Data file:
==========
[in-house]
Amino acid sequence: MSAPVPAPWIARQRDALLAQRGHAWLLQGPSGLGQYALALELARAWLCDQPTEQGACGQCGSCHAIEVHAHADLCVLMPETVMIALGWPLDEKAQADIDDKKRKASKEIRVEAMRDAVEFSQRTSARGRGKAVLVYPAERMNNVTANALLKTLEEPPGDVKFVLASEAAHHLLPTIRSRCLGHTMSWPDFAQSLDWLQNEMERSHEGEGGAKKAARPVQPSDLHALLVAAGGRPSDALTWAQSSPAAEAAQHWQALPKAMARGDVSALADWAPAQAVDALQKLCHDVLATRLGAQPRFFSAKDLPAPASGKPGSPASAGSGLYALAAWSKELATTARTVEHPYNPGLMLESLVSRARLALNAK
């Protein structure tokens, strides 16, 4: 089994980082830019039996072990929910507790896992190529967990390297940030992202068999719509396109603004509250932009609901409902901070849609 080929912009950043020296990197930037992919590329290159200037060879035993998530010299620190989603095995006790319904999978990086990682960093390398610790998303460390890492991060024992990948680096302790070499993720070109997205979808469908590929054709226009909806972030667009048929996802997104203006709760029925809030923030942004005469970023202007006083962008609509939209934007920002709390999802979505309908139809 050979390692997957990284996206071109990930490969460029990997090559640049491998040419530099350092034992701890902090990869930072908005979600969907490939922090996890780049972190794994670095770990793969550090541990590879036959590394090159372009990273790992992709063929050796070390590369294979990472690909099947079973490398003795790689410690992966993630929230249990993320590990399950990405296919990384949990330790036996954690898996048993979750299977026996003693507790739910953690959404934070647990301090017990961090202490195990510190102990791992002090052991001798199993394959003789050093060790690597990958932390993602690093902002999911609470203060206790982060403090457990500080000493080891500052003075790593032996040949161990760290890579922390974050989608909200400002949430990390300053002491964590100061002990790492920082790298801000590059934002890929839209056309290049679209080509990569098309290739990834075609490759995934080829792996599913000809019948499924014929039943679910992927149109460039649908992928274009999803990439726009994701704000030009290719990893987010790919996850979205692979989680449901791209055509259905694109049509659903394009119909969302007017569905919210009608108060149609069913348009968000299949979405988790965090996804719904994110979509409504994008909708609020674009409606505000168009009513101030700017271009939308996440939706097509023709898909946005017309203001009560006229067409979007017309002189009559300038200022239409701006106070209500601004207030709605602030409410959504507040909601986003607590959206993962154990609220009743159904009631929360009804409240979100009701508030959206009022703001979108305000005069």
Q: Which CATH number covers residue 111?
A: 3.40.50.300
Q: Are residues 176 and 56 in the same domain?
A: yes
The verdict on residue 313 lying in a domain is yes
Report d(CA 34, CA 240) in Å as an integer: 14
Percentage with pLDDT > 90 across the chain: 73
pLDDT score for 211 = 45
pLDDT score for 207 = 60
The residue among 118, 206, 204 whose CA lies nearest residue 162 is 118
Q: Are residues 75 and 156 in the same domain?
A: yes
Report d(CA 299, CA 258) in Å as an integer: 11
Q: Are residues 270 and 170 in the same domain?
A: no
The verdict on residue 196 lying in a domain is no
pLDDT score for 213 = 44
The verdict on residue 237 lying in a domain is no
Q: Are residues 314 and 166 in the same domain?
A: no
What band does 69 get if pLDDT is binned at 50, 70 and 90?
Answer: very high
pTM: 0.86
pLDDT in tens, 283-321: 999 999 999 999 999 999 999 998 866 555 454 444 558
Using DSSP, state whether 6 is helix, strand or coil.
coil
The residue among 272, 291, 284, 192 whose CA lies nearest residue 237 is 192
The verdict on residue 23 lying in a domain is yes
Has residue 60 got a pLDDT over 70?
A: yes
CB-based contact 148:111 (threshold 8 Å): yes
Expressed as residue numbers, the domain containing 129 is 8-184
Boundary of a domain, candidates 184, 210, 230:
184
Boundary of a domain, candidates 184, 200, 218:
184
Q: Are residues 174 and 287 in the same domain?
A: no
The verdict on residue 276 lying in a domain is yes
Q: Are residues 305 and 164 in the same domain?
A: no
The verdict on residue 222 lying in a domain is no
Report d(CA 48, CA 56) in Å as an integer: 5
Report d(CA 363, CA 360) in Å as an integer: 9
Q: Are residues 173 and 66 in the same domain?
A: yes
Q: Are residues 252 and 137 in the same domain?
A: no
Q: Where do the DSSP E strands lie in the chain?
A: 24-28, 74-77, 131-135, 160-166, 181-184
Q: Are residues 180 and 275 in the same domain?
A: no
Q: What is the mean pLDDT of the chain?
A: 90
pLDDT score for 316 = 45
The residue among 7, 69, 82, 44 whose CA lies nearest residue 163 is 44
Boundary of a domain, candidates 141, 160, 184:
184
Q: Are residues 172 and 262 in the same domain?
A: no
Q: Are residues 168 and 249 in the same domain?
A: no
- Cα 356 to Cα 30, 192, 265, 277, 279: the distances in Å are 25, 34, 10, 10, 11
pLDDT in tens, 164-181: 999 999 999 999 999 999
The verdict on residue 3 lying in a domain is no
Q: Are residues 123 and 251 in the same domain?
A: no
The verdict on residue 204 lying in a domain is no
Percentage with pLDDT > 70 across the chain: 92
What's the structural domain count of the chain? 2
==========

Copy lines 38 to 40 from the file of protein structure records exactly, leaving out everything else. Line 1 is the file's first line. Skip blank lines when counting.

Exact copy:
Boundary of a domain, candidates 184, 200, 218:
184
Q: Are residues 174 and 287 in the same domain?